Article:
A sad week for Australians

This has indeed been a sad week for all Australians, and even more so for those who follow motor sport.

The man who was perhaps Australia’s best known “wildlife warrior” was ripped away from his family in incredible circumstances on Monday morning, September 4.  Death from sting ray barbs are extremely rare.  Trust Steve to find a way to die that is so incredibly newsworthy.  This is not meant to be disrespectful to Steve, rather it simply demonstrates Steve’s uncanny knack of being able to focus people on Australian wildlife, or indeed any wildlife, and just how dangerous it can be.

Still reeling from the shock news of Steve Irwin’s untimely demise, Australians were stunned on Friday afternoon, 8 September, as we lost another Australian icon in circumstances just as untimely.  Peter Brock’s death at the Targa West rally on Friday has shocked Australian motor sport fans, no matter what camp they support.  Known as “Brocky”, or “Peter Perfect”, to all his fans and detractors, he was an icon in the sport – a true legend.  His racing career spanned more than 30 years, both on the local circuits and internationally.  Locally, he was a hero, and perhaps demi-god, to the legions of Holden fans.  Perhaps an even more telling measure of his skills and popularity amongst the motor racing fraternity is the grudging respect that even the most ardent of Ford fans gave to him.  Let’s face it, it’s pretty hard to say the guy was a “nothing” driver given his record of achievements in the sport.

On behalf of my own family, I proffer our heartfelt and sincere condolences to the Irwin and Brock families.  Take solace in the knowledge that your loved ones died in the process of doing things they loved, and rejoice in the positive influence they had on so many people around the world.

Vale Steve Irwin R.I.P.

Vale Peter Brock R.I.P.

What Happened to Freedom of Speech on Bigpond’s IRC Network?

I expect there are those that will agree with what follows, and those that won’t.  So be it.  Freedom of speech is a basic democratic right in our society, isn’t it?  I think it was Voltaire that said it – something like “I might not agree with what you say, but I will defend to the death your right to say it.”

Nevertheless, there are those that don’t seem to understand this.  Take this example, if you will.  One of my pastimes is to spend a few hours a week chatting with friends via IRC.  Telstra have an IRC network running under the Bigpond banner, and this network was my introduction to the world of IRC.  I consider IRC to be a superior chat service to the plethora of instant messenger services that exist today, mainly as the chat rooms on any decent IRC network have live moderators there to help weed out any undesirables.  But that’s another issue entirely, so I’ll get off that soapbox and back onto the freedom of speech one.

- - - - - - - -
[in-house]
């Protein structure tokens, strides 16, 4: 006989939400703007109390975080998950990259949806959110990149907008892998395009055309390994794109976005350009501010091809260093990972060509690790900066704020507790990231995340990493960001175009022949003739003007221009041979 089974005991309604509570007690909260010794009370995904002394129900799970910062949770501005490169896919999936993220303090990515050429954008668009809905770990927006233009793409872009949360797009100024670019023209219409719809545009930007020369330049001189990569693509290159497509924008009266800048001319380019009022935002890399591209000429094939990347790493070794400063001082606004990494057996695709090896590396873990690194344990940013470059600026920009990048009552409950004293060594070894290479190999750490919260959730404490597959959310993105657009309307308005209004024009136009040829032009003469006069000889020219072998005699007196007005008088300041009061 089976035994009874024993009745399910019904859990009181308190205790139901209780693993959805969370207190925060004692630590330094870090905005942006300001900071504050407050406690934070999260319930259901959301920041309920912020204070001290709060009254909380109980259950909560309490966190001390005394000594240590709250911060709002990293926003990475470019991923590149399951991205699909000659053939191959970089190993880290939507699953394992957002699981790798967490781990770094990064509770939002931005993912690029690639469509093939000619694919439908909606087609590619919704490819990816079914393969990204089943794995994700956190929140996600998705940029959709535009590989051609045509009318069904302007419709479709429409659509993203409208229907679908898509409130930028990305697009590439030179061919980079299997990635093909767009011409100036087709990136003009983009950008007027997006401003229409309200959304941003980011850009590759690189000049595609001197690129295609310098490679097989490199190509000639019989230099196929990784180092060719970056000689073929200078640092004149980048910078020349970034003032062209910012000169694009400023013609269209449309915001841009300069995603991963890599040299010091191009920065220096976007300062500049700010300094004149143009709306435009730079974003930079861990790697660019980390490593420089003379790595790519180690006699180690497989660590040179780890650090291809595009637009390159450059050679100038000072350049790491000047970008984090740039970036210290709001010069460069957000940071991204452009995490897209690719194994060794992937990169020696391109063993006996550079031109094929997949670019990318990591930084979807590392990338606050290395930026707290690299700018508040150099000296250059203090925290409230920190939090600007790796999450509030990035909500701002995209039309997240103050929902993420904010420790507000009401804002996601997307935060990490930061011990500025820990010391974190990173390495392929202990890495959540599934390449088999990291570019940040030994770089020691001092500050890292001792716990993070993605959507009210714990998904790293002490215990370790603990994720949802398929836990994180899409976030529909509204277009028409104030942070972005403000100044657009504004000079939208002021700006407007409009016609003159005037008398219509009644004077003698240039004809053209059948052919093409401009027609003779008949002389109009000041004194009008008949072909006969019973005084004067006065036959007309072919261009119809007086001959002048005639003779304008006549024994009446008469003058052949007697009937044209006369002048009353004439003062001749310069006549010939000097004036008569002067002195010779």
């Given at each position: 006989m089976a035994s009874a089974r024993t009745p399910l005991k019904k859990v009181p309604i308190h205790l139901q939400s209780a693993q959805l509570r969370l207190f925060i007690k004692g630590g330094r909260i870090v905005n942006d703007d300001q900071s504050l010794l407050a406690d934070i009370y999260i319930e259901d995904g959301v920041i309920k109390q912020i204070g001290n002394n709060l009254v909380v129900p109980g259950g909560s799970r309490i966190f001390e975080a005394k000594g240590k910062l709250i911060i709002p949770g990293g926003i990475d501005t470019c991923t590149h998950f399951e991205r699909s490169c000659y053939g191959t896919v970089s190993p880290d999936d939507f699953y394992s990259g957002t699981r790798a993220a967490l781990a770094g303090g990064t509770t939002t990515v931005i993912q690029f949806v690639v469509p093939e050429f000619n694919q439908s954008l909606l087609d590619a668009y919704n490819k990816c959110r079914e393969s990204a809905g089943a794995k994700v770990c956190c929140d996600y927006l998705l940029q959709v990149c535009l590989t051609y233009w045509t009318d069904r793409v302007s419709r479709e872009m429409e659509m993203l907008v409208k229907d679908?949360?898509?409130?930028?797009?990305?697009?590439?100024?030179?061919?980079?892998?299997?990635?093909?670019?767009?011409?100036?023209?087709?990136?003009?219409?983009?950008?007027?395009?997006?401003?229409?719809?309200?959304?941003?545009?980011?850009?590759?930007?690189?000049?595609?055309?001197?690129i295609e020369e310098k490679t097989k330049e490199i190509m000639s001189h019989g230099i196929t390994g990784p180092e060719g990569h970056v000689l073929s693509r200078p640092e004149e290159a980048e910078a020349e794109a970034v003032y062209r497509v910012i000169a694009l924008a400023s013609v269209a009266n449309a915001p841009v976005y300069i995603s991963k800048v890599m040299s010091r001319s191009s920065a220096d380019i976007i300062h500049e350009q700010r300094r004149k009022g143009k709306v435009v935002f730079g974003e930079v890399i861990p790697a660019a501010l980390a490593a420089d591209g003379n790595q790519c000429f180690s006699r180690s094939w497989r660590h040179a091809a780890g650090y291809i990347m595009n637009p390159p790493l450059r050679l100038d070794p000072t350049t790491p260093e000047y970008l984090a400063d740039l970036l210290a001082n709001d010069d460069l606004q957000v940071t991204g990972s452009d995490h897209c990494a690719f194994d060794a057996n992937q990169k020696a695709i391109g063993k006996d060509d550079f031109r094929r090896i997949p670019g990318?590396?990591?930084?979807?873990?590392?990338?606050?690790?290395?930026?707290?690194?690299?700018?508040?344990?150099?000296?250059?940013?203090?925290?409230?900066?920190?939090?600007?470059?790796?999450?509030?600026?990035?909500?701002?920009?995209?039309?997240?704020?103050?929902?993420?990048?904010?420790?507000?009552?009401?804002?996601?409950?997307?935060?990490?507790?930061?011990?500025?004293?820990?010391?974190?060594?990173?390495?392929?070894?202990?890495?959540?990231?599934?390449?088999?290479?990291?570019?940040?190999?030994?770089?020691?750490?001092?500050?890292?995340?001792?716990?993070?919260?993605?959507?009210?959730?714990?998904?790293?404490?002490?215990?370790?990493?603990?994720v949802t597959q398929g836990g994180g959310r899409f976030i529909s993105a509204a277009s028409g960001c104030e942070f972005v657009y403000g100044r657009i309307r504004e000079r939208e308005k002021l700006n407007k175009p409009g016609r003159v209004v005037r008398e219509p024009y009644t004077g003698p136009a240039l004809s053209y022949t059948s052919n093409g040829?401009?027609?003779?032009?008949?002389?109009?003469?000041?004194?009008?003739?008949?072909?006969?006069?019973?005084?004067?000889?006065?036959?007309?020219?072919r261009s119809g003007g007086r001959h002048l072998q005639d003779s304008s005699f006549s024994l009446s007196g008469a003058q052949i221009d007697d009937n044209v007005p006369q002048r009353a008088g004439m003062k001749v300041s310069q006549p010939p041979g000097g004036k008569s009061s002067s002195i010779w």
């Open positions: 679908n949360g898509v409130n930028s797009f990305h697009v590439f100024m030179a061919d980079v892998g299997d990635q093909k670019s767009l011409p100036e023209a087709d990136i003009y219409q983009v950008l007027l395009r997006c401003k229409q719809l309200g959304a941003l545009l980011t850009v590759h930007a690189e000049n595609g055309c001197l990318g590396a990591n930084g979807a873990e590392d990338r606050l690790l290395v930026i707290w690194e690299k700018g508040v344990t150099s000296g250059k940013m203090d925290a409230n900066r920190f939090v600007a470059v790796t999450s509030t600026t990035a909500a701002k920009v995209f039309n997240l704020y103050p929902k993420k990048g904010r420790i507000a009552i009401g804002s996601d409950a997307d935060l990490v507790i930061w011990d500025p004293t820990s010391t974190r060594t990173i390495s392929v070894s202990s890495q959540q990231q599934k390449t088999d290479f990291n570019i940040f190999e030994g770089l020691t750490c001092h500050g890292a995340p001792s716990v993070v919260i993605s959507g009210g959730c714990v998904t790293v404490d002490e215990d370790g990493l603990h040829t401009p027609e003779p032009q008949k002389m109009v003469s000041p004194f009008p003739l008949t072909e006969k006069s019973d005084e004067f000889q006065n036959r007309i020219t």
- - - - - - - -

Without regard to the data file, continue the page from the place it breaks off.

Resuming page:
Around mid-May, 2005, there was a power play amongst senior network operators on the Bigpond network.  The network operators on Bigpond IRC are all unpaid volunteers that give freely of their time so that the IRC server can function for the benefit of the chatters that use it.  The network administrator, on the other hand, is a paid Telstra employee.  Unfortunately, this person has many other things to do as well as look after the IRC server network – it appears Telstra don’t consider it a resource of high priority.  Given that the server network costs a considerable sum of money to maintain yet it returns almost nothing financially to Telstra, it’s not really surprising that Telstra management look like they are scaling the network down.  In fact, prudent financial management of a company under the pressure to perform that Telstra currently finds itself would be to close any services that aren’t contributing to the bottom line.

In an amazing piece of mismanagement (so typical of Telstra), the administrator of the network removed the access rights of 3 of the most highly experienced and skilled operators the network had.  As a result, the network operator team is now being “guided” (and I use that term very, very loosely) by a woman that has dubious technical skills, and, in my opinion, no management skills to speak of.  She is untrained in any of these areas, yet Telstra, in their “wisdom,” have left her alone to bring the network to its knees.

With this woman and her lapdogs at the helm, the Telstra Bigpond network is bleeding profusely and losing chatters faster than it can gain new ones.  From a network that once boasted in excess of 1500 chatters per day, it now struggles to reach 400.  This person is responsible for making the network a place where chatters are unable to express an opinion that is contrary to that person’s myopic view of the network or the operators and their cronies for fear of being permanently banned from the network.  This person further seems to believe that she and her cronies can march around the server like a bunch of jack-boot wearing Nazi storm-troopers and dictate to room owners how they should run their rooms.  She seems to have no understanding of the concept that Bigpond is providing a service to people.  She and the other operators seem incapable of realising they are there to SERVE the chatters and the room owners, not RULE over them like a dictator.  They should be there to assist room owners and chatters when asked, not run around poking their noses into other people’s affairs and trying to control everything that is going on.

Addendum: The Bigpond IRC servers have since been closed down and the users have all dispersed to other networks or services.